NigelP wrote: ↑
13 Jan 2020, 09:38
My readings have shown, that interestingly, in a natural swarm their is a disproportionate number of young bees compared to the hives older bees.i.e the vast majority of bees in a swarm are very young bees. ............................Which is interesting as it turns our usual thoughts about swarm controls on their head. i.e queen with flying bees to imitate a a"natural" swarm.
On the face of it you are reinforcing my thought that an artificial swarm control is not mimicing anything natural and is actually quite disruptive, especially if you leave it as split and don't try to equalize (which I have already explained is tricky in my close linear layout).
Forget varroa - it was just an afterthought because my autumn treatment often leaves me borderline by mid-spring and I am not prepared to do MAQ's except in an emergency - too stressful. On a similar vein, I am not enamoured with the oxalic treatment in winter because I don't like to disturb the winter cluster (if we really have one these days of changing weather patterns). The solution is half treatment before the first super goes on, or put the first super on and keep it permanently out of the food chain - could a good candidate for also being the last super that I always leave on when I take the main honey off first week in August - I'll give that some more thought.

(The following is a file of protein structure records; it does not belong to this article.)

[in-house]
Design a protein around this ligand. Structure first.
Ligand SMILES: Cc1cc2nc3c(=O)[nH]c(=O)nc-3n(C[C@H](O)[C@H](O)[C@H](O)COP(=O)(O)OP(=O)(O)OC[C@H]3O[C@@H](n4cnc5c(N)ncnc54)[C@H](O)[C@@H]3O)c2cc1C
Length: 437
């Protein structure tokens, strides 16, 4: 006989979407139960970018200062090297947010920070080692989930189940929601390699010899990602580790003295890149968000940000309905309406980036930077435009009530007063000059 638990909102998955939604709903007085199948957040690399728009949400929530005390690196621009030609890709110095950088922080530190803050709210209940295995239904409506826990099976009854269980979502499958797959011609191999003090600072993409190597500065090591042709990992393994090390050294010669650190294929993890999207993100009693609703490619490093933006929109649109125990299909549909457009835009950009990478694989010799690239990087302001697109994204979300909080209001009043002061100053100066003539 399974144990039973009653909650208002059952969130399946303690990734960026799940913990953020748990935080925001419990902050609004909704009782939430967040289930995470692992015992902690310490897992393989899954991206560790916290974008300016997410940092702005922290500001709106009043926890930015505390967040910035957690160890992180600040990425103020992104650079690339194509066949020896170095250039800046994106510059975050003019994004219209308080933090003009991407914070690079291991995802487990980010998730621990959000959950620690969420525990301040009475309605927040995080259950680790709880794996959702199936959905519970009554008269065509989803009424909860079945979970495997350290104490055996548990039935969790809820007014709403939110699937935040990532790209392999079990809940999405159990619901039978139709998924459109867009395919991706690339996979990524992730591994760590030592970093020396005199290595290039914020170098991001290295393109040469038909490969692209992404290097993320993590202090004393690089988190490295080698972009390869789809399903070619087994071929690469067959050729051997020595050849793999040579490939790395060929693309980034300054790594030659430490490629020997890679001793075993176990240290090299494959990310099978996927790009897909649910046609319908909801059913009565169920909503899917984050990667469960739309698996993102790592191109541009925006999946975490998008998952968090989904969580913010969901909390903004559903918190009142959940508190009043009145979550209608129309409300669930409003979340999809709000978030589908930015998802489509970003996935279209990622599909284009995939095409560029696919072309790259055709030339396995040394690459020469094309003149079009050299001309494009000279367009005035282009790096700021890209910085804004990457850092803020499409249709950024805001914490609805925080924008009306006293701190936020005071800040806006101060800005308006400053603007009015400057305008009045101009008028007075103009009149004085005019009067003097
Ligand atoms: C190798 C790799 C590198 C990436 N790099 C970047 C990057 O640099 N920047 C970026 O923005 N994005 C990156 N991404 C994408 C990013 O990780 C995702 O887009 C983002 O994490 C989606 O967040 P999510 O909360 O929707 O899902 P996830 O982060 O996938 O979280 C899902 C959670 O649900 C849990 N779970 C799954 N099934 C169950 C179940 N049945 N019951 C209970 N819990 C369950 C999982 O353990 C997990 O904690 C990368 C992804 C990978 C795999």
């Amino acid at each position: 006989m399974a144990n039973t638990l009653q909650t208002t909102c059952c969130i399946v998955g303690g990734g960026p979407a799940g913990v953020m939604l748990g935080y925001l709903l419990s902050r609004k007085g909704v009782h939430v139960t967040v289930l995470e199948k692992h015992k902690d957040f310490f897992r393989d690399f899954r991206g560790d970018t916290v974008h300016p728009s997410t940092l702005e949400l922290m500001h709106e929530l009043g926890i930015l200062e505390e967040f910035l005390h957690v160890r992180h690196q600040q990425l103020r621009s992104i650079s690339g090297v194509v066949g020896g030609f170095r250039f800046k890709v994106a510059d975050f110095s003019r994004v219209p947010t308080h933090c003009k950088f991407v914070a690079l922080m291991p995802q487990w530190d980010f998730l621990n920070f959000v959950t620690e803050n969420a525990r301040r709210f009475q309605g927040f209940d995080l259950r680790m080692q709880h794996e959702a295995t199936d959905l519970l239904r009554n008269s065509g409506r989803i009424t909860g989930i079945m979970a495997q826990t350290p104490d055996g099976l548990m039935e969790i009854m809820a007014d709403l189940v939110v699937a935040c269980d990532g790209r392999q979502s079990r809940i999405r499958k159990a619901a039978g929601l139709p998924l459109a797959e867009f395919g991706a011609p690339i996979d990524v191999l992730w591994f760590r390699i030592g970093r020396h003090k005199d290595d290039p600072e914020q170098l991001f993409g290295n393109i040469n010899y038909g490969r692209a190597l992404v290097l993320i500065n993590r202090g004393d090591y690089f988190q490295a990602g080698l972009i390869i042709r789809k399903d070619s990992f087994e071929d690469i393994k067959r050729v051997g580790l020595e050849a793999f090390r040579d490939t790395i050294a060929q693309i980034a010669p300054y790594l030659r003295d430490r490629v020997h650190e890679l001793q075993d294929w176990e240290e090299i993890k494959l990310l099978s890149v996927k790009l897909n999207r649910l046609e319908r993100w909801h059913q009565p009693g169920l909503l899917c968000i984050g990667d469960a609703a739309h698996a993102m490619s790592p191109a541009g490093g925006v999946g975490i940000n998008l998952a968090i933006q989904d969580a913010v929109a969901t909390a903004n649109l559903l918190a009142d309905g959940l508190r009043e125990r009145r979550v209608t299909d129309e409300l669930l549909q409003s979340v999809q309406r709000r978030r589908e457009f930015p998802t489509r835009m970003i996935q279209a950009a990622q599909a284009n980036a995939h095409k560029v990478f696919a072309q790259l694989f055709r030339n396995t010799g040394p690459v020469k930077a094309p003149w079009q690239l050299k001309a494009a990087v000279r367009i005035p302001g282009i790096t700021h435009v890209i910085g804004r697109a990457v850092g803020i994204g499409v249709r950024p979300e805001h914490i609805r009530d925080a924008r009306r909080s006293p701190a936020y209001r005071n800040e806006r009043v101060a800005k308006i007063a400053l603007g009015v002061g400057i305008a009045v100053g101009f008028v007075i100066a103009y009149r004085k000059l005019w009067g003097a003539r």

My thinking was that I'd go for a shook swarm as a way of getting them on fresh foundation, get them working and put all ideas of swarming out of their little minds. The trouble is the timing has to be exactly right because it needs to trip them over the point at which they think its really a bit late to swarm - we'll go next year (a method expounded by Kenneth Clark in his 1950's book) but I realise I could be too reliant on the bees cooperation. Too early and they will just build up and swarm anyway.
I see Adam has written at length on shook swarm so better get the kettle on and settle down with a cup tea in hand